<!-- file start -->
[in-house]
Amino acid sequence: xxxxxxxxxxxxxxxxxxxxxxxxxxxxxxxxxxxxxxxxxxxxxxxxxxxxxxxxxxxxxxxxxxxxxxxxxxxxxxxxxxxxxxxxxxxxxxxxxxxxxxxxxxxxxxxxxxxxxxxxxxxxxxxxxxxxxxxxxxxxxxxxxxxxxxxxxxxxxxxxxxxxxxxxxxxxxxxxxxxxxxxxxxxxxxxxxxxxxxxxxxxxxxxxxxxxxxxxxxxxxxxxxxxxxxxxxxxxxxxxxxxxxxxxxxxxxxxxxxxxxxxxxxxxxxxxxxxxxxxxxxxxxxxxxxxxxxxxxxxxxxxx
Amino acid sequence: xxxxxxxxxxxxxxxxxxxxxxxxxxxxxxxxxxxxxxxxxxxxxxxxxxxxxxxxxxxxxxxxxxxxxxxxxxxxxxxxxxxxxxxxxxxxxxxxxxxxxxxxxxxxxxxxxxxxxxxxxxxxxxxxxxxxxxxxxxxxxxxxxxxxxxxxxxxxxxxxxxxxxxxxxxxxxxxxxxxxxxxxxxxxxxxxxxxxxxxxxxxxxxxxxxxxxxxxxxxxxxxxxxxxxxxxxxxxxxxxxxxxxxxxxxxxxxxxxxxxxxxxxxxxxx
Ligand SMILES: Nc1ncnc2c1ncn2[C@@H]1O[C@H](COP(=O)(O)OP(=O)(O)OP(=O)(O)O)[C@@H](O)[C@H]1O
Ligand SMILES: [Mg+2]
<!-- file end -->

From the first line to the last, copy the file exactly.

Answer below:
[in-house]
Amino acid sequence: xxxxxxxxxxxxxxxxxxxxxxxxxxxxxxxxxxxxxxxxxxxxxxxxxxxxxxxxxxxxxxxxxxxxxxxxxxxxxxxxxxxxxxxxxxxxxxxxxxxxxxxxxxxxxxxxxxxxxxxxxxxxxxxxxxxxxxxxxxxxxxxxxxxxxxxxxxxxxxxxxxxxxxxxxxxxxxxxxxxxxxxxxxxxxxxxxxxxxxxxxxxxxxxxxxxxxxxxxxxxxxxxxxxxxxxxxxxxxxxxxxxxxxxxxxxxxxxxxxxxxxxxxxxxxxxxxxxxxxxxxxxxxxxxxxxxxxxxxxxxxxxx
Amino acid sequence: xxxxxxxxxxxxxxxxxxxxxxxxxxxxxxxxxxxxxxxxxxxxxxxxxxxxxxxxxxxxxxxxxxxxxxxxxxxxxxxxxxxxxxxxxxxxxxxxxxxxxxxxxxxxxxxxxxxxxxxxxxxxxxxxxxxxxxxxxxxxxxxxxxxxxxxxxxxxxxxxxxxxxxxxxxxxxxxxxxxxxxxxxxxxxxxxxxxxxxxxxxxxxxxxxxxxxxxxxxxxxxxxxxxxxxxxxxxxxxxxxxxxxxxxxxxxxxxxxxxxxxxxxxxxxx
Ligand SMILES: Nc1ncnc2c1ncn2[C@@H]1O[C@H](COP(=O)(O)OP(=O)(O)OP(=O)(O)O)[C@@H](O)[C@H]1O
Ligand SMILES: [Mg+2]